This review is from: Bagmen (Victor Carl) (Paperback)
Vine Customer Review of Free Product (What's this?)
Bagmen is a lot of fun, and while I found a few missteps, there weren't many. The story centers around Victor Carl who happened into the job of a "bagman" -- the guy (or gal) who is so named for delivering bags of cash to different individuals in a position to influence the outcome of an election, drop a criminal charge or get the water treatment plant built in a certain district. This can be anyone from a union boss to a priest. Victor has come up in the world from a mere lawyer (forever with an ear open to the sound an ambulance carting off a potential client) to the loftier and more rarified air of a guy who collects from the rich and gives to the corrupt. The rich have their will implemented and the corrupt get paid.

One of the enigmas of the story lies in the love/hate relationship that Victor has with his position. He can clearly see it is no less sordid than what he had been doing as an attorney, but he runs into the rich crowd whom he simultaneously detests and wants to be a part of. He beds (or gets bedded by) women for whom power is a drug, and sex is a strange concoction of control and pleasure to a point some would consider perversion. (Not Victor, though.)

The most interesting characters are not the corruptors or the corrupted but the bagmen who have their own set of rules and ways of being. One, named 'Stony' is a second generation bagman and more or less takes Victor under his wing. Early on, Victor gets into big trouble as a suspect in a homicide, and the bagmen's camaraderie quickly turns sour and Victor is on the outside looking in. However, he is quickly accepted back into the bagmen fraternity—one of those missteps I mentioned--and the story continues. Stony comes across as sort of a Yogi Berra kind of philosopher and avuncular figure to Victor, but as the reader finds out, Stony has his rules as a bagman, and the first one is to look out for Number One (himself.) So it's important to understand Stony's rules and to realize that he's not kidding.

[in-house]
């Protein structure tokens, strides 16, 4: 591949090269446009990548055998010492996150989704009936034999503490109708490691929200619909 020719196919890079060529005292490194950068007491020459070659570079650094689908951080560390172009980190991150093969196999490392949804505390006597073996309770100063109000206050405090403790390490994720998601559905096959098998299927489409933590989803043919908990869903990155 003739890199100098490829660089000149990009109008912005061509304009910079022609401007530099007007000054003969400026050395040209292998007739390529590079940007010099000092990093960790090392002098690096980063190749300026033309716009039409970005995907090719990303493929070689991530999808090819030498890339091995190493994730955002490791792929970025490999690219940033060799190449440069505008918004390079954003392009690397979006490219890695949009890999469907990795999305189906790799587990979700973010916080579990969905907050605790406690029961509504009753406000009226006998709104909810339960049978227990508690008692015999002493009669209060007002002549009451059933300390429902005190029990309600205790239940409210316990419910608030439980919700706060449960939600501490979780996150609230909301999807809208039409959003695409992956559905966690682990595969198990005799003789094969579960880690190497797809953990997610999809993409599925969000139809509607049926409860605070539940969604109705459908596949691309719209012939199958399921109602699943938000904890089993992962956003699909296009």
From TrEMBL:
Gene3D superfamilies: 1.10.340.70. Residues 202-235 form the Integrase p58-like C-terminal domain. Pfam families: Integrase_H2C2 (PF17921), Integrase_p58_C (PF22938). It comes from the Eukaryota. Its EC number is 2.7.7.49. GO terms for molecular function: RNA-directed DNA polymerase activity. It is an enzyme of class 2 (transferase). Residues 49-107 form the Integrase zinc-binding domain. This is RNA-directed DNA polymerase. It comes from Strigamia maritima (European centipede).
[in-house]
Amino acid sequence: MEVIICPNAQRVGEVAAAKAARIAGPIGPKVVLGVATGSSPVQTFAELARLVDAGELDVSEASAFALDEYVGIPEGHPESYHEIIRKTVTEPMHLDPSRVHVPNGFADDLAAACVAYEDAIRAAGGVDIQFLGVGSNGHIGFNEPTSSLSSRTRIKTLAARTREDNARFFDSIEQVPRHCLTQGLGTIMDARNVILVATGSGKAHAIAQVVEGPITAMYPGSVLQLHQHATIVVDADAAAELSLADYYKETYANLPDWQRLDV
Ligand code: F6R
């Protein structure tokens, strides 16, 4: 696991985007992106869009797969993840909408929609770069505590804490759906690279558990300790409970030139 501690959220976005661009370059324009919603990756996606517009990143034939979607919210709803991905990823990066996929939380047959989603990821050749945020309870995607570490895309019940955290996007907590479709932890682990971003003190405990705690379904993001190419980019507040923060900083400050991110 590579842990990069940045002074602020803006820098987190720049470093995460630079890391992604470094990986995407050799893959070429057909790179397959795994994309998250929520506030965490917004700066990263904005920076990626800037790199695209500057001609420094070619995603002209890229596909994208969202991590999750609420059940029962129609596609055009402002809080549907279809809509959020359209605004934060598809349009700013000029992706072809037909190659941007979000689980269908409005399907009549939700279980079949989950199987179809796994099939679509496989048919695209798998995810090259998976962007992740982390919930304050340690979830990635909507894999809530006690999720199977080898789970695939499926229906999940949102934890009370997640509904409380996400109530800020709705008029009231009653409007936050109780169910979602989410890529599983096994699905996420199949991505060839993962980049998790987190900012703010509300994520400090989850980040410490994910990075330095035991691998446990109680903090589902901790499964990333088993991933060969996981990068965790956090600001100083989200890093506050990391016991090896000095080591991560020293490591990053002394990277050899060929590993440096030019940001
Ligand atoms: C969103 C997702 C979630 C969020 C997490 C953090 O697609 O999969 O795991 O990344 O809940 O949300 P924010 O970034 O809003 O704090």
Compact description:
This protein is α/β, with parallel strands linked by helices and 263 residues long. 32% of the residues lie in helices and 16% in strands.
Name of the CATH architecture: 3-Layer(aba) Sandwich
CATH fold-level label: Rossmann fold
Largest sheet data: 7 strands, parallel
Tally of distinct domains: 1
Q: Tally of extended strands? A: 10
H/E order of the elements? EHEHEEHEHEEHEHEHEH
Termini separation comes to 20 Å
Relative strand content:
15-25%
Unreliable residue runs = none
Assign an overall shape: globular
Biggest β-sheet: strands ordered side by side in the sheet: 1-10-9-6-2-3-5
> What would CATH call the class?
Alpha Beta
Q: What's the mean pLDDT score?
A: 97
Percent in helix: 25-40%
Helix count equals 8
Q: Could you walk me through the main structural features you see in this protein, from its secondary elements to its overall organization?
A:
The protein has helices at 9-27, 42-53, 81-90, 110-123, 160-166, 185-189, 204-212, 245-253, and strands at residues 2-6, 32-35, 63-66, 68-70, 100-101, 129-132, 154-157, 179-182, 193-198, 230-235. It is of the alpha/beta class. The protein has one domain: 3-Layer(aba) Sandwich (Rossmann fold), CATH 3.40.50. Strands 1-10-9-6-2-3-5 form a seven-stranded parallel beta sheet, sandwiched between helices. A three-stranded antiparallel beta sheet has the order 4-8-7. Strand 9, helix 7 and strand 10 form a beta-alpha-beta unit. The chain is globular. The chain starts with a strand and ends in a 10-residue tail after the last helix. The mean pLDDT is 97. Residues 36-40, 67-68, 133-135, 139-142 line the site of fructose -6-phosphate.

The dilemma for Victor is where to draw the line—believe it or not a moral line (and we're talking about a lawyer?). Some nice people have been murdered, and Victor has a strong moral sense about their being killed (and possibly ending up the same way himself. ) As the story unwinds morals keep getting in Victor's way and he even wonders if he's on the right side, even though all sides in the political battle do little more than voice hollow platitudes. (How can you be on the wrong side of a platitude?)